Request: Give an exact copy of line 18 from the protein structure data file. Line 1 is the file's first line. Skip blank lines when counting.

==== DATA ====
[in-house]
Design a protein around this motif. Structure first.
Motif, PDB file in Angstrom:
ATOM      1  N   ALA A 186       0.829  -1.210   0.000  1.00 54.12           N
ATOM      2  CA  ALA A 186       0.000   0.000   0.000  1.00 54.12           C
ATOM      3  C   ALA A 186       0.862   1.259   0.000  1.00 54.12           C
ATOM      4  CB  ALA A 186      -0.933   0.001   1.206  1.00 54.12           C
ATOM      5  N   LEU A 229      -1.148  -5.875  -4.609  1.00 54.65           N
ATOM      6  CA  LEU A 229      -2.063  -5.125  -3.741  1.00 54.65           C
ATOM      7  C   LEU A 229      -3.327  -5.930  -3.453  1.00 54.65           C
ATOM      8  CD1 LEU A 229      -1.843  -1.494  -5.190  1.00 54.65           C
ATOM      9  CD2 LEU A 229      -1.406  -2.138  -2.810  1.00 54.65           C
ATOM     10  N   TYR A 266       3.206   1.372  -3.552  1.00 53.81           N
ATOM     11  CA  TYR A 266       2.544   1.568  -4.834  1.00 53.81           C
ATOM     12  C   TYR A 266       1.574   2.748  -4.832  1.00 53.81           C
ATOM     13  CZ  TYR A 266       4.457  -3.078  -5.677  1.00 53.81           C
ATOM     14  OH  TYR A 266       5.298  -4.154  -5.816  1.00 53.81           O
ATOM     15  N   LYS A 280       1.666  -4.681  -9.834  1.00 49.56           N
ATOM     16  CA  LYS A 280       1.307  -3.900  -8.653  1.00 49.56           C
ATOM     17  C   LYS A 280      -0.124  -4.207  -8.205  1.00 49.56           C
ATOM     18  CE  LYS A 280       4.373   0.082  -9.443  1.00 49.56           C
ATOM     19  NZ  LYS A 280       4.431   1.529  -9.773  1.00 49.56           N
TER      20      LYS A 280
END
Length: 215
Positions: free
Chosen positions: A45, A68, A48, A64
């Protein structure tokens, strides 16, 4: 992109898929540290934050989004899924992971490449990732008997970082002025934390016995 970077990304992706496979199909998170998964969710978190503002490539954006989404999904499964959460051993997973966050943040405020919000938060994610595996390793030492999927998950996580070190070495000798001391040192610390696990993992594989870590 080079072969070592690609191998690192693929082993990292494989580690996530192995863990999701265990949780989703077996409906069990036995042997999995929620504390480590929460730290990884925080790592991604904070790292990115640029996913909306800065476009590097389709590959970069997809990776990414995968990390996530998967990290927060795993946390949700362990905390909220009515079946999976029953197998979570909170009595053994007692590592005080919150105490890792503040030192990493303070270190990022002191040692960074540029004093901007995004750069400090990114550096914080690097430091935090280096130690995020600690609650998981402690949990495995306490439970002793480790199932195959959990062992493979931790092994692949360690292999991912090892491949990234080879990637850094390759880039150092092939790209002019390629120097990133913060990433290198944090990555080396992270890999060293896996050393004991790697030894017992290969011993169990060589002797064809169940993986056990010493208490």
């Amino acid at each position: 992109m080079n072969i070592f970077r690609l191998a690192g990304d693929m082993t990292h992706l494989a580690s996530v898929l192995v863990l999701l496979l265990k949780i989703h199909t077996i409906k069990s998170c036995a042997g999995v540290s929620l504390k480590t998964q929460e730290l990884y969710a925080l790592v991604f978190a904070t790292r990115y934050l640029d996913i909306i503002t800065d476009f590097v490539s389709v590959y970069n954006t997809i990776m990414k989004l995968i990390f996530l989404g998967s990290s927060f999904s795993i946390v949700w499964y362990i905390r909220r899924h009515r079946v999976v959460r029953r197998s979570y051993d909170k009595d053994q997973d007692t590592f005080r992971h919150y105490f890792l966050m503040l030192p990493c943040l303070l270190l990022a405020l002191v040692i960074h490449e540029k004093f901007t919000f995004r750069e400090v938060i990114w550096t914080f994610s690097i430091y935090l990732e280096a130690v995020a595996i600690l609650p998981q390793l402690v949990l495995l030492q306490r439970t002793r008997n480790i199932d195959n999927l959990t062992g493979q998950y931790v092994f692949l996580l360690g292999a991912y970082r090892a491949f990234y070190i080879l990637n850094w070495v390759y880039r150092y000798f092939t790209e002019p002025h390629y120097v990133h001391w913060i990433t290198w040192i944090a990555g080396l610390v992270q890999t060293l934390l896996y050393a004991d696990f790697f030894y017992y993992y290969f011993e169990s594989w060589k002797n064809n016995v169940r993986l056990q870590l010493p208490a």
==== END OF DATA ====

ATOM     15  N   LYS A 280       1.666  -4.681  -9.834  1.00 49.56           N